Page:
Government paves way for huge Milton Keynes regeneration (UK)

The government has announced plans to create a new planning authority to oversee the regeneration of Milton Keynes, in what could become the biggest urban expansion in the UK for over 50 years. Around 70,000 new homes are planned for Milton Keynes, which would see the population of the new town double in size, overtaking cities such as Nottingham, Leicester and possibly even Liverpool.

The expansion would take the town eastwards, towards Aylesbury. The housing stock would be built at a far higher density than that currently seen in the city, which is considered to be an inefficient use of space as it draws its inspiration from a Los Angeles-style grid system.

The Office of the Deputy Prime Minister unveiled proposals to create a new urban development area in Milton Keynes, and to hand planning power for that area over to a committee led by English Partnerships.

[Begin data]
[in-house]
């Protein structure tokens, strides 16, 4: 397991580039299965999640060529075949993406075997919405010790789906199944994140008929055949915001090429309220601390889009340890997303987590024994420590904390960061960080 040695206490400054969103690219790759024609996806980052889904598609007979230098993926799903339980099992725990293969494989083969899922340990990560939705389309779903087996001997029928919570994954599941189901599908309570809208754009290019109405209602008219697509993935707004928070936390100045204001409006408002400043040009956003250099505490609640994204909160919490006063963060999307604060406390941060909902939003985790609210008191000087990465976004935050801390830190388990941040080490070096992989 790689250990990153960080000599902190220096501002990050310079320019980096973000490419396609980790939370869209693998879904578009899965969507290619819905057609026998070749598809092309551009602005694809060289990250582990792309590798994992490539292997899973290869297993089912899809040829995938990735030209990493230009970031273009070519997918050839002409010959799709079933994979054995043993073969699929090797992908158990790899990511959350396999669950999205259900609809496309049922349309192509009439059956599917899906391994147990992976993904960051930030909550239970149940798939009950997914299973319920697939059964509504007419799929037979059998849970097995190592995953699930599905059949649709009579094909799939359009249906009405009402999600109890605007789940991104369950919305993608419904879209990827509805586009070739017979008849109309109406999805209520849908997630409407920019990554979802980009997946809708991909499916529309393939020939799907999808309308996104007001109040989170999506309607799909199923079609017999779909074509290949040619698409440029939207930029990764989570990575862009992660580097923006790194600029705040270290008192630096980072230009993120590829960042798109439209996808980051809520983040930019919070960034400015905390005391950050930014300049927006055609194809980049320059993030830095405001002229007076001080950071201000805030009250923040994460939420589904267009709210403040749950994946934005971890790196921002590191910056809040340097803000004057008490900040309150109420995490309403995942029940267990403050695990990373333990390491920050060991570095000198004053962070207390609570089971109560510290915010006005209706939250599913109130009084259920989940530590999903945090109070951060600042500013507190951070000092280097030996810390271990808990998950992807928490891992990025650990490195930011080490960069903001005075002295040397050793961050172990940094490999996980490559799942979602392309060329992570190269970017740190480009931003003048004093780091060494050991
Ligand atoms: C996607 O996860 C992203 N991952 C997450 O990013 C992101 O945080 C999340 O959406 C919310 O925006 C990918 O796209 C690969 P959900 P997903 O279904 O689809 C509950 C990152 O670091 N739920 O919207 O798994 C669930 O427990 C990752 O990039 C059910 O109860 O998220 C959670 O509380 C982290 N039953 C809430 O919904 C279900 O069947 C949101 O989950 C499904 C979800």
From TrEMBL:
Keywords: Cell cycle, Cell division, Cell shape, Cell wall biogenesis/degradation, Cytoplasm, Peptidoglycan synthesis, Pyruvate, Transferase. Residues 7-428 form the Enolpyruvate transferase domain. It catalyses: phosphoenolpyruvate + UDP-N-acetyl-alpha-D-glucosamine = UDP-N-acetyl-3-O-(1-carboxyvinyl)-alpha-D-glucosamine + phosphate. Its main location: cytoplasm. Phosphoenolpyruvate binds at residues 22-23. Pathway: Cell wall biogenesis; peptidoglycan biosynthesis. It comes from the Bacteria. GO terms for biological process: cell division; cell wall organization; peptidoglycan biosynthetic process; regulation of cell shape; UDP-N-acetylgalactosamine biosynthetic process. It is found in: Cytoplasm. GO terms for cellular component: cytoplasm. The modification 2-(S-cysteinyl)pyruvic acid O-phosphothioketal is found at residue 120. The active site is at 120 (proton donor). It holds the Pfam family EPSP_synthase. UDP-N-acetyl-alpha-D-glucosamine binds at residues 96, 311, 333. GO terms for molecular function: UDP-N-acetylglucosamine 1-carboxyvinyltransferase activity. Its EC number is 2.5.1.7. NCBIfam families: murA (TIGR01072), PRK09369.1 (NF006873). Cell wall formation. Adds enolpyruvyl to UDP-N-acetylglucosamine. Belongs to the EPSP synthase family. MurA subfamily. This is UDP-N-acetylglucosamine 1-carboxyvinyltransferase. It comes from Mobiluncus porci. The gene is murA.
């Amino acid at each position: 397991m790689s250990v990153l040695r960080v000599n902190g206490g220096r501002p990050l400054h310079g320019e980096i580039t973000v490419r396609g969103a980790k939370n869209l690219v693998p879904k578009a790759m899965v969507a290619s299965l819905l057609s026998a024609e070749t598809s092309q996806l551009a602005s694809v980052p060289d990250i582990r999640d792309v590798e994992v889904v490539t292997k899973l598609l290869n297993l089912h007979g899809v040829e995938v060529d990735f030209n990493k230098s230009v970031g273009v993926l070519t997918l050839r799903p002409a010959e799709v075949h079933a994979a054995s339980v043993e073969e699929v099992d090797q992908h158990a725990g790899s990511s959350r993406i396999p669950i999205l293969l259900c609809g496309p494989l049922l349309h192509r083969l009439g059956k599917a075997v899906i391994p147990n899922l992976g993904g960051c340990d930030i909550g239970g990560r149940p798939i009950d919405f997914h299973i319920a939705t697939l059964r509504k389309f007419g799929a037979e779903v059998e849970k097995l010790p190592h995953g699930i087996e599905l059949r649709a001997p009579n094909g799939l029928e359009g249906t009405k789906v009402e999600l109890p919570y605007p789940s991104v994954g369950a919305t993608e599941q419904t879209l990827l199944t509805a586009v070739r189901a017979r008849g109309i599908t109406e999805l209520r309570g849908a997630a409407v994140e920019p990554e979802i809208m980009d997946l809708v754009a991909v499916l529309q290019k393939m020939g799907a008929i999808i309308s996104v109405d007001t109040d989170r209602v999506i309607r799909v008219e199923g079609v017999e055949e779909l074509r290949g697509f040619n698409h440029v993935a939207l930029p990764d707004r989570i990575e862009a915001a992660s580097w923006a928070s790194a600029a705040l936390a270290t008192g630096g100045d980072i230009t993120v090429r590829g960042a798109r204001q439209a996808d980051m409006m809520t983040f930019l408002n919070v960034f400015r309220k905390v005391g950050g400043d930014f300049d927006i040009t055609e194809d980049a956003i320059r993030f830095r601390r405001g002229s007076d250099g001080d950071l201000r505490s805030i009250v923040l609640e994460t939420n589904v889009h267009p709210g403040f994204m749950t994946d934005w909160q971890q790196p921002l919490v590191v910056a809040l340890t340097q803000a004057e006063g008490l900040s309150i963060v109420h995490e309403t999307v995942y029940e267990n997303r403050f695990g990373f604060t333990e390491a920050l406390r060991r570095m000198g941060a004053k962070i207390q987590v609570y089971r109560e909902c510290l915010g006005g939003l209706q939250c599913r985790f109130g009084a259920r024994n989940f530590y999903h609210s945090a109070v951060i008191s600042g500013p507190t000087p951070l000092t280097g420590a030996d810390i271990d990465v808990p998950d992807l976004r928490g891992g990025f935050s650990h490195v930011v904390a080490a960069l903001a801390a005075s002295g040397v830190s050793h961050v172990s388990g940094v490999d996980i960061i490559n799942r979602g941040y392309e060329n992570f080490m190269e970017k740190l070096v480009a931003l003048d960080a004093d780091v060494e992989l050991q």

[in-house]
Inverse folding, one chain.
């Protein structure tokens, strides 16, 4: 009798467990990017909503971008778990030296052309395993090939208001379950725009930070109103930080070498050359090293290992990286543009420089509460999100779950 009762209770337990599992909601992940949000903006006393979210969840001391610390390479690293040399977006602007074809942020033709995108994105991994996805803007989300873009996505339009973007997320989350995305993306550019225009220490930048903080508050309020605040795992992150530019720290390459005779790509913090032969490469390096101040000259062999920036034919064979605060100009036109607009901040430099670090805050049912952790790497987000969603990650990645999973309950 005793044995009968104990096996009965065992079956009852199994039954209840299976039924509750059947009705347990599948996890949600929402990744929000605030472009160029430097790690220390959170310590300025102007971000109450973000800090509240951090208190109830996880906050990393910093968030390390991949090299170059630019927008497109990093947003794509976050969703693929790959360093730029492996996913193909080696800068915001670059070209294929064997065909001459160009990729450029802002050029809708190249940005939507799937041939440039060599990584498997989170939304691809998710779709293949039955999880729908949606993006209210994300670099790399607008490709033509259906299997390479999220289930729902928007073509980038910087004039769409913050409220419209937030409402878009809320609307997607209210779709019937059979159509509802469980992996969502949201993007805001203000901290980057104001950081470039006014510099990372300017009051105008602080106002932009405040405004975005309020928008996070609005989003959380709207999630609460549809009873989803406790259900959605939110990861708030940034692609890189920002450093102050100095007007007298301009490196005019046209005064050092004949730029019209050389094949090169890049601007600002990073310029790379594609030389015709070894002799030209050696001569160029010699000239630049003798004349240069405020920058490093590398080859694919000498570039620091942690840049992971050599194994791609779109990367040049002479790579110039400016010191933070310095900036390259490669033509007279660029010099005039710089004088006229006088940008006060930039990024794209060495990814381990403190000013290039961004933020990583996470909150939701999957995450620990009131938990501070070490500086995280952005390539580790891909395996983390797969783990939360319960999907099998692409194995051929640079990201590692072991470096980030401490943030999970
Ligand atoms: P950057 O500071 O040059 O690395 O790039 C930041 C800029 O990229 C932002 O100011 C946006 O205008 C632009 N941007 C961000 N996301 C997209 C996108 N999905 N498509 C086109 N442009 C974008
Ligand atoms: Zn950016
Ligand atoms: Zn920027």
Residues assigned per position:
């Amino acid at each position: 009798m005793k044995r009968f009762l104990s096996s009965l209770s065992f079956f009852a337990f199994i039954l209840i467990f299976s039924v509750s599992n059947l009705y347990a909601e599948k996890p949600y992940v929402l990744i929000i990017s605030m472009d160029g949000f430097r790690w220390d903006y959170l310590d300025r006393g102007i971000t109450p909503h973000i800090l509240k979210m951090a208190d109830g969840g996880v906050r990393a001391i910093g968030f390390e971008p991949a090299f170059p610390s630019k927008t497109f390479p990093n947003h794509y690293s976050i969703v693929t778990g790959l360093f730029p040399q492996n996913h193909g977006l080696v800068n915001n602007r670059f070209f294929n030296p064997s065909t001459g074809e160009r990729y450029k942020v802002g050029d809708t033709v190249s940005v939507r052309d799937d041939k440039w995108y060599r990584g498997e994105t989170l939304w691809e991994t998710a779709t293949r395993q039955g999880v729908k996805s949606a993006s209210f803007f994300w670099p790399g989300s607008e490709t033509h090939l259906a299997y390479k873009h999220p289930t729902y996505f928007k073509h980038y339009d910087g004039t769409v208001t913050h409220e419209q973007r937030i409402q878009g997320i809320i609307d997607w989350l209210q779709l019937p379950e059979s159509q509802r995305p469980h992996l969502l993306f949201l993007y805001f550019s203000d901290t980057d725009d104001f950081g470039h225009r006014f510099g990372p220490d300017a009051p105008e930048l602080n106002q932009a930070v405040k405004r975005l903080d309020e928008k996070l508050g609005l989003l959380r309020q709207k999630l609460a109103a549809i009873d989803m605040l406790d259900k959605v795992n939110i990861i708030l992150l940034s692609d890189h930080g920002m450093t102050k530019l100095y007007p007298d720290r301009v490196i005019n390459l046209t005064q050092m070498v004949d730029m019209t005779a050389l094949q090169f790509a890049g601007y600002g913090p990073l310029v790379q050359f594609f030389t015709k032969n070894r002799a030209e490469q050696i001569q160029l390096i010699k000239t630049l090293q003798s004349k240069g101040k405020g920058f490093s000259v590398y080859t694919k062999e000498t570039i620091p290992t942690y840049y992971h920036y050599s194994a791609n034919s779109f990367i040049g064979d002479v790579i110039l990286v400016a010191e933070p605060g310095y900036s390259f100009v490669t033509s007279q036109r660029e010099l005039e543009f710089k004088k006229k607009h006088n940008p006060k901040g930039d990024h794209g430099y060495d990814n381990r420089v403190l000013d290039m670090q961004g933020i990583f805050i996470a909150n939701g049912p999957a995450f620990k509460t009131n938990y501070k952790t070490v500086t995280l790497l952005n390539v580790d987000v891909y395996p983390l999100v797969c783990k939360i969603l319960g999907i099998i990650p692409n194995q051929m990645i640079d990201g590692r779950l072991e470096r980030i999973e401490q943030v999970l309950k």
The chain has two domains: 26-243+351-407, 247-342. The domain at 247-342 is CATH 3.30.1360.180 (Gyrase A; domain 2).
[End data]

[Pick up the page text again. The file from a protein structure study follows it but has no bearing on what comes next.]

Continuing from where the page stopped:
The proposals were outlined in a consultation paper, issued yesterday. The UDA will encompass a number of greenfield sites, some of which are already owned by English Partnerships. This includes land in the Oxley Park, Tattenhoe Park and Kingsmead areas of Milton Keynes.

The remainder of the land within the UDA is owned by four developers, who will have to work closely with the new committee. The board will have powers to compulsorily purchase land if necessary.

The committee will be known as the Milton Keynes Partnership Committee and will be responsible for “all major planning applications” within the development area. This includes commercial developments of over 10,750 sq ft, residential schemes involving 10 or more homes, and any application on a site of more than 2.5 acres. The local authority will retain all other planning powers.

On the committee will be two board members from English Partnerships, plus two independent private sector property experts, three representatives from Milton Keynes Council and three local strategic partnership members.

Isobel Wilson, Leader of Milton Keynes Council, commented: “A strong level of representation by Milton Keynes Council and local partners on the committee will ensure that sufficient focus is placed on building communities in Milton Keynes and not just putting up a lot of new housing estates.”

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